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For starters, what will Dubas do with the contracts of Mikael Granlund, Jeff Petry, and Jeff Carter? In net, is Tristan Jarry worth extending, or do they other pursue goalies on the market such as Connor Hellebuyck? What will the bottom-6 forward group look like in July, and what are they aiming for attribute-wise besides speed and youth? With $20 million in cap space to spend soon, will Pittsburgh be active in free agency? Who will they re-sign? There are more questions than answers at this point, but that will all change in the coming weeks.
Just How Different Will Pittsburgh Look By July 1?
One thing we know with certainty is this team will look drastically different when training camp rolls around. If this were Hextall, it’s rather unlikely that anything would’ve changed, let alone his philosophy itself. With that in mind, Dubas brings a very forward-thinking, aggressive, and analytically driven approach, something this club lacked for the longest time. Despite Ray Shero and Rutherford being very successful in hoisting the Stanley Cup, neither were new school and analytical in their managerial styles. It’s also why fans grew tired of them, especially in their later years. A change was needed, and having a new ownership group that prioritizes such is ideal.
How then will Dubas return the Penguins back to the promised land? After a season filled with futility and shocking mediocrity, we should expect him to focus most on these particular areas:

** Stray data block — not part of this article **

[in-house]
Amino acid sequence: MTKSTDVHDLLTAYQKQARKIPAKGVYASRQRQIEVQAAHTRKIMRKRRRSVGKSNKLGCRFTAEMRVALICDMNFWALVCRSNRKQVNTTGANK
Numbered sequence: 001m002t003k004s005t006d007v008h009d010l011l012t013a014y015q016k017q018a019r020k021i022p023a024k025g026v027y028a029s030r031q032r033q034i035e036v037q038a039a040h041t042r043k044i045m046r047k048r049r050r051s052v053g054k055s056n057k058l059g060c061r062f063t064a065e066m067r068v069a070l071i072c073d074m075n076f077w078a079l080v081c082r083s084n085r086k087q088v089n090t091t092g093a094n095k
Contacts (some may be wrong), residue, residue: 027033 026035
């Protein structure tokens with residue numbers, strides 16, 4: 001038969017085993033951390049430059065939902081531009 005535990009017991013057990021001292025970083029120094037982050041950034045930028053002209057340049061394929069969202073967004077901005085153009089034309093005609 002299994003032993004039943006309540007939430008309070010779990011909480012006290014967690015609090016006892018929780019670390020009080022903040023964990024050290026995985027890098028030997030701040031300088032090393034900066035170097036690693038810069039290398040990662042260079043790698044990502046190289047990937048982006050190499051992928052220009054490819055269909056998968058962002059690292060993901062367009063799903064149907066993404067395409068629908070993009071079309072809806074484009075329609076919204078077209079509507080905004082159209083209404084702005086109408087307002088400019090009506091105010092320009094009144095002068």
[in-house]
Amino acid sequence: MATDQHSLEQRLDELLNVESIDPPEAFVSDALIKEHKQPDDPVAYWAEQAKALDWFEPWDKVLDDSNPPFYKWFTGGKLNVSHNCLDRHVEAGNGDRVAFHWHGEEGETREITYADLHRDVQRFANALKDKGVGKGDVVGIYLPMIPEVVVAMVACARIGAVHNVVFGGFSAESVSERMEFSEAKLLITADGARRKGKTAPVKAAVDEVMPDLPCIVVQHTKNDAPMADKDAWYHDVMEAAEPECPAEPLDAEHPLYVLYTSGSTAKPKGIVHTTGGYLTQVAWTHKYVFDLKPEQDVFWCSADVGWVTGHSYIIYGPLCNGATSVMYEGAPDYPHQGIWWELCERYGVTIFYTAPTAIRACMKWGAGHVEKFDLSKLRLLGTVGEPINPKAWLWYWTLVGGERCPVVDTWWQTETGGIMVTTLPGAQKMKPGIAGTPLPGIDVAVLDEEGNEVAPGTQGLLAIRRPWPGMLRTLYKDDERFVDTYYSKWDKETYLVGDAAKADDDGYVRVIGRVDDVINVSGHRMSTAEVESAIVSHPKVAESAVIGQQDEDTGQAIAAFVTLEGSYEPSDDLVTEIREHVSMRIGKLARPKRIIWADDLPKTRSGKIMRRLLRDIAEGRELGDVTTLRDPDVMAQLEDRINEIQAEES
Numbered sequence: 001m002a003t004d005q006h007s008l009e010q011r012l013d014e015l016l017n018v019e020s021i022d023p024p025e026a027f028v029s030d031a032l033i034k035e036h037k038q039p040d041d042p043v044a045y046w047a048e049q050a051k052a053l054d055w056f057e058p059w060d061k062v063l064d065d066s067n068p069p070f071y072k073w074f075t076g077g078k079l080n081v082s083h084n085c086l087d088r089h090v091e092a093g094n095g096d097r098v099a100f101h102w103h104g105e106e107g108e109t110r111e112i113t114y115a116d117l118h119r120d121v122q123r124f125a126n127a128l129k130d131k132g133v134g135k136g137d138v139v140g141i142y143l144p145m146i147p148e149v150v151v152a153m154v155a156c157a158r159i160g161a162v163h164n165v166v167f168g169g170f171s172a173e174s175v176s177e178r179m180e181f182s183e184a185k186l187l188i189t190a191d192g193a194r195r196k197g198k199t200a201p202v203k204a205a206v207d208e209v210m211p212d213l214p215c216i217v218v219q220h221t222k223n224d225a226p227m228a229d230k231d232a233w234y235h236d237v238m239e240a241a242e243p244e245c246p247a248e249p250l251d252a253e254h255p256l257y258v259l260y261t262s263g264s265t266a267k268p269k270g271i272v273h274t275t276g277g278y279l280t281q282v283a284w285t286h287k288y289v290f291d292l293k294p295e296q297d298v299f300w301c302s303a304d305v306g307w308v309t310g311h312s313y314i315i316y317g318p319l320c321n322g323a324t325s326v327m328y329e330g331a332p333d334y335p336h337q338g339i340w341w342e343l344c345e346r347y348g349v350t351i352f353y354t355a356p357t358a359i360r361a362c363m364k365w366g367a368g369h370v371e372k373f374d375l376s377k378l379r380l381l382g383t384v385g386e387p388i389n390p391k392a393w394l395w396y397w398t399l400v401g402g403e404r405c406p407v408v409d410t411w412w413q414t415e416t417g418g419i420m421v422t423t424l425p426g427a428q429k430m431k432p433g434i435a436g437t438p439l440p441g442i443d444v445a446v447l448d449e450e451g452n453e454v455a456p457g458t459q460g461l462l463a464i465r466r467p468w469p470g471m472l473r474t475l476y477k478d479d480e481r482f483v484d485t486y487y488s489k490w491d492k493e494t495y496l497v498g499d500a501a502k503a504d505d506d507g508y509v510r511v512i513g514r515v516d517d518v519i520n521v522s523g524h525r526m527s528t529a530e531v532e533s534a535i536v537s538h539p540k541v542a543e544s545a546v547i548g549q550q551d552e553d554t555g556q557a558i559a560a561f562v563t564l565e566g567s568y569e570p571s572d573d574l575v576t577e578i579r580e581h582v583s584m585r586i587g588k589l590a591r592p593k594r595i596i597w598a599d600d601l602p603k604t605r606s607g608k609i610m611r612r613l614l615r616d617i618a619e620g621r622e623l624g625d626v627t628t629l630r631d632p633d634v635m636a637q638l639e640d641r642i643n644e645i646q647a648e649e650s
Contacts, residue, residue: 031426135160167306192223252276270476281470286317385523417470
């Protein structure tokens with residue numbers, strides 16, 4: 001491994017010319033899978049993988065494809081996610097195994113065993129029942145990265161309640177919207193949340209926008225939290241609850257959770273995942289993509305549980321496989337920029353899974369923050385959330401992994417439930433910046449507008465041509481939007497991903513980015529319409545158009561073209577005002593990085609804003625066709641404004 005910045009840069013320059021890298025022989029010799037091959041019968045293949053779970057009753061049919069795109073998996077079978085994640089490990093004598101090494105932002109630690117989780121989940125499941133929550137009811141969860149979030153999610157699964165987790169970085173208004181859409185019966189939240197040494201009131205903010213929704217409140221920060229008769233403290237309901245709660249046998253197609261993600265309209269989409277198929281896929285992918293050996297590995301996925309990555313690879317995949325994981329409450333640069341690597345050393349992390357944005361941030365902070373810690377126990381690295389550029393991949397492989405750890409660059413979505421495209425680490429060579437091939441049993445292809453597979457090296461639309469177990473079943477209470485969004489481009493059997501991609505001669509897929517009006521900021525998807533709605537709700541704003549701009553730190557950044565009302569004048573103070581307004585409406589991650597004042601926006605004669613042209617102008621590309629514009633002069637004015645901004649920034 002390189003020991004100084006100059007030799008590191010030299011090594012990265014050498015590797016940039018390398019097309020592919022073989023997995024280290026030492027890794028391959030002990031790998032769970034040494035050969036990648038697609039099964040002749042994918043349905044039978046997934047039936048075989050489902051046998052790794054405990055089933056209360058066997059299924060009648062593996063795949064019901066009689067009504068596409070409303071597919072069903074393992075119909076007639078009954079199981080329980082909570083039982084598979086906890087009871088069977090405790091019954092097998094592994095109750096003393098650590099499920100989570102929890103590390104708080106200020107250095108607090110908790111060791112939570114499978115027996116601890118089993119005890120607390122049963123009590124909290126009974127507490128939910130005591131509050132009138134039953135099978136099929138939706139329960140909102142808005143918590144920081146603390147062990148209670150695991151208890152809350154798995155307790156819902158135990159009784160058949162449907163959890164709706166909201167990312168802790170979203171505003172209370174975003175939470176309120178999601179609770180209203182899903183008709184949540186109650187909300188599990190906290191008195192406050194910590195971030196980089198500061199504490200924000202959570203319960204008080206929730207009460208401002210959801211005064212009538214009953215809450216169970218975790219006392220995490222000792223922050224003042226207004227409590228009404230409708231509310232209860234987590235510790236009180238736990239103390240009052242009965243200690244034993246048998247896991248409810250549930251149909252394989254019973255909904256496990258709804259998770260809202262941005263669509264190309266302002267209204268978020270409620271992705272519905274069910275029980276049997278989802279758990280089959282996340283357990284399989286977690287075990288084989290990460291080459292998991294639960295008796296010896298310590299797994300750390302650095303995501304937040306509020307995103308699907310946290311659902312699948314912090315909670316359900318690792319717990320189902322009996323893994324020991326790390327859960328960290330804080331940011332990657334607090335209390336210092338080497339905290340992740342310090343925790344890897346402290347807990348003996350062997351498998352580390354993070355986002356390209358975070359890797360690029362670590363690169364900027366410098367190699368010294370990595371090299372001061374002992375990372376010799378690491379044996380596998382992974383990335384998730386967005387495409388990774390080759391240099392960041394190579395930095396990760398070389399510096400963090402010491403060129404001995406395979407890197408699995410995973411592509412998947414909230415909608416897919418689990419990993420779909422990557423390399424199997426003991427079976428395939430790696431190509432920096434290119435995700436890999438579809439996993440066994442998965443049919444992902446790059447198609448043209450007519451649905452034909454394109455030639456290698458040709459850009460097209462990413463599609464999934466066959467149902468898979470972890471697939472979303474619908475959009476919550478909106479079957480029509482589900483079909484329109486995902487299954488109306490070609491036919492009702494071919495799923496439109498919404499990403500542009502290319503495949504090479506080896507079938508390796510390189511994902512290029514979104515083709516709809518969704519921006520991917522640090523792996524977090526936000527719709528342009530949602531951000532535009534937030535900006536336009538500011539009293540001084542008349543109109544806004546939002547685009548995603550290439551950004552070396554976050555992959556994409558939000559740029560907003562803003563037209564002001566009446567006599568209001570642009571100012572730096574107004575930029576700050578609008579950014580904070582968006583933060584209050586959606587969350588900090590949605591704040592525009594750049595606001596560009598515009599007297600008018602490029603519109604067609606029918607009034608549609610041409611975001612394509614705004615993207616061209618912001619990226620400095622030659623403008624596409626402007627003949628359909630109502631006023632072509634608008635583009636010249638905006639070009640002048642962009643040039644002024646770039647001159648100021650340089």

- Youth and Speed: it was clear there was very little of these two needed to compete with the postseason giants. They boast one of the oldest and slowest lineups in the entire league. This must change quickly, given Sidney Crosby, Evgeni Malkin, and Kris Letang all are 35 or older.
- Deeper Forward Depth: outside of the top-6 forward groups, the rest of them were essentially irrelevant and almost missing at times. Hardly any contribution came on a consistent basis, and this forced the wrong hand on head coach Mike Sullivan as he had little to no options to work with.
- Stronger Blue Line: surely, goaltending was also problematic, but average at best defensive pairings led to a sharp decline in limiting turnovers, breakdowns, odd-man rushes, and breakaways. Letang, Marcus Pettersson, and Pierre Olivier-Joseph are solid pieces, but there’s not much else to follow.
- Elite Goaltending: this one is a doozy, knowing Tristan Jarry is a pending unrestricted free agent lacking playoff-caliber performance and Casey DeSmith is getting up there in age and also proved just how volatile he is as a backup. Franchise goaltenders are harder to come by, just like a franchise quarterback. There will be names out there, such as John Gibson, Hellebuyck and Frederik Andersen awaiting new homes.
All that aside, there is now great optimism surrounding the Penguins as they embark on a new era. Dubas was the top target for Fenway Sports Group, and they got their guy with no questions asked. As the offseason moves along, we shall see what happens under new leadership. The times are exciting again in Steel City, and now we wait for what’s next. The NHL Draft will be taking place June 28-29 in Nashville, while free agency officially opens up on July 1 at 12 pm Eastern time. Your move, Kyle Dubas. The chess game has begun in due time for Pittsburgh’s changing of the guard.